Later that night, after the festivities had ended, I lay on my childhood bed, feet almost hanging over the end. My head was buzzing from the party, the alcohol, from seeing my real brother… I took a deep breath, put one foot on the floor. Suddenly I felt the world drop out beneath me, like I was falling from a great height. I gasped and sat up, heart lurching in my chest. I had experienced the sensation of falling when almost asleep before, but never had it felt so real. It took me a long time to relax enough to attempt to go back to bed.

In the early morning hours, we got the call from the police. Deshi had taken his own life. My parents were a mess, inconsolable. I took the phone from my father as he supported my sobbing mother, and I walked to the kitchen in a daze.

“How did he do it?” I whispered hoarsely. “How did Deshi die?” I didn’t really need to ask. I already knew, but I had to confirm my suspicion.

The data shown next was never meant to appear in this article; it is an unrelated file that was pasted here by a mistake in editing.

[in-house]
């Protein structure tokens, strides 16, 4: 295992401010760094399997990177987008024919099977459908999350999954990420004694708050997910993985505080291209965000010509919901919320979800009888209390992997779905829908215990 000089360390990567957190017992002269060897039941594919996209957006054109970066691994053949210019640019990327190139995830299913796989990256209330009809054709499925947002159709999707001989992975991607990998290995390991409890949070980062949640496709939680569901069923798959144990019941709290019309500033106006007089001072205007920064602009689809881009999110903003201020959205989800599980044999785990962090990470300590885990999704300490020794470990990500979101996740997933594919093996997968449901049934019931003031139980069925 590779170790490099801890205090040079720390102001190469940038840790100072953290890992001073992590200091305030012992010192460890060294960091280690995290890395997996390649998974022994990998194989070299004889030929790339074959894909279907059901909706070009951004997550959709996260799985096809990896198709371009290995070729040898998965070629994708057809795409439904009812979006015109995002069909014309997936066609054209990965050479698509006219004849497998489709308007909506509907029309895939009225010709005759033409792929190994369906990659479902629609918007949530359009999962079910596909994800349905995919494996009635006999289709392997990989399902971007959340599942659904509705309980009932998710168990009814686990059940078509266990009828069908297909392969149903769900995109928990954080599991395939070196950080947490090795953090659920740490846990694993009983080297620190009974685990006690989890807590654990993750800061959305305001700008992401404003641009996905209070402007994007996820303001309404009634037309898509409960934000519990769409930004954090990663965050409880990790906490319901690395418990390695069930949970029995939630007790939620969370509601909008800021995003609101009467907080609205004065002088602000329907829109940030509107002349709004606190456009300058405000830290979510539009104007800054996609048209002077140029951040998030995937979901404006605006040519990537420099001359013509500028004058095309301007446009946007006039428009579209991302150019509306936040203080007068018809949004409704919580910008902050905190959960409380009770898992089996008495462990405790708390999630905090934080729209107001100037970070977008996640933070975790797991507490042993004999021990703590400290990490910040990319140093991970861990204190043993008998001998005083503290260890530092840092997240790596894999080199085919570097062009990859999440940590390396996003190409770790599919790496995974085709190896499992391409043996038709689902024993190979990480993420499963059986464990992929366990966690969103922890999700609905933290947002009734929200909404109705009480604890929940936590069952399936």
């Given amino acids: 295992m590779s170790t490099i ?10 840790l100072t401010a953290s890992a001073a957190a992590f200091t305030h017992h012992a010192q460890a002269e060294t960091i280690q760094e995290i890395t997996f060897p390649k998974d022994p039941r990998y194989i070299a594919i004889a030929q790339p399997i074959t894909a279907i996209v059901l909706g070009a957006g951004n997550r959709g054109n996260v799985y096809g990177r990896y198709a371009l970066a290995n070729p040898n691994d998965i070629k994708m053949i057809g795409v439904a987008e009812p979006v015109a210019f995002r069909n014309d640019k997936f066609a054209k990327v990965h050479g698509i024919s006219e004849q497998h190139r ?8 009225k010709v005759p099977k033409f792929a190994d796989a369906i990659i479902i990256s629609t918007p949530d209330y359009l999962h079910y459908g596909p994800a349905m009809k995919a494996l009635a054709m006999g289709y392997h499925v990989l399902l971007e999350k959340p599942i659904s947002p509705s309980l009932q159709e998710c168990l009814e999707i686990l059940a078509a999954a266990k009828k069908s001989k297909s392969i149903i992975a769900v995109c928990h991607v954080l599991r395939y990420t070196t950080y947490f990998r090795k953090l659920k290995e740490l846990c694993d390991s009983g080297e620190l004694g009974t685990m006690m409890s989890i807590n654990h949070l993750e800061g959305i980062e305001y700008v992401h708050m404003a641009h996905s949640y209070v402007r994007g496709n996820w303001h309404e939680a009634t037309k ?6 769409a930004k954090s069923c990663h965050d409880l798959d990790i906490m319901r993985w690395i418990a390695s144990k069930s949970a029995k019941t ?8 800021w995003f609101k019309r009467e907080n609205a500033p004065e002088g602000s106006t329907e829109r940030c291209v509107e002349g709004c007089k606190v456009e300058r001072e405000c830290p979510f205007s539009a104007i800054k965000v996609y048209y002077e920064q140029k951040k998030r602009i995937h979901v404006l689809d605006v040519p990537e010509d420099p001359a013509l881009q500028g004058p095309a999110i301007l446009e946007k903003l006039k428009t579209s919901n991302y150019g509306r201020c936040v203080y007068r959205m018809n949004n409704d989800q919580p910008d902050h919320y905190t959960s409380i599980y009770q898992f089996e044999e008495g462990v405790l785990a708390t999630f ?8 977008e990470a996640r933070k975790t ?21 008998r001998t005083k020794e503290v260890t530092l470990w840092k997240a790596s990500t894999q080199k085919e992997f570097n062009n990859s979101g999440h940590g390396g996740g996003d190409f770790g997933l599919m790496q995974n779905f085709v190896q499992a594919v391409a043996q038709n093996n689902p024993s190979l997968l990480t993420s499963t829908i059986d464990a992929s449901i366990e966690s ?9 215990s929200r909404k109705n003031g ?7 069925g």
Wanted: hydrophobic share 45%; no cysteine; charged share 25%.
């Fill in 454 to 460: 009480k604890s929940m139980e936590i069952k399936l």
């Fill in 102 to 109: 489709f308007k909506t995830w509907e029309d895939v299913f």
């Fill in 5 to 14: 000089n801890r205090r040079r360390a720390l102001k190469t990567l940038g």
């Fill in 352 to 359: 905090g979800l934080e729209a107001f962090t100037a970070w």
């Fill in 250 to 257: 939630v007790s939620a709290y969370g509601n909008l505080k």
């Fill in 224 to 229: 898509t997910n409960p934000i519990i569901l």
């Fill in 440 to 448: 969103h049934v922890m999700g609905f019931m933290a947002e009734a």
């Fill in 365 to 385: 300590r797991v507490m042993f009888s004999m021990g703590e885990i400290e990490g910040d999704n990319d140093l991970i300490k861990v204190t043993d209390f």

The policewoman on the phone hesitated for a moment. “It was a few hours ago. He walked to the roof of his office building… he took the stairs, all 27 floors.” She paused again. “I am so sorry. He jumped.”

Days later, and still no questions answered. Deshi was dead. Deshi had killed himself. On paper, his life looked amazing; success, money, attractive, popular. We grieved, and struggled to understand the change that had come over Deshi in recent years, and what would cause him to end his own life.

I asked to see the security footage from his office. The police had stated that there was no evidence of foul play, and that cameras had caught almost every image of the last hours of Deshi’s life. The officers had tried to talk me out of watching, telling me that the footage was deeply disturbing.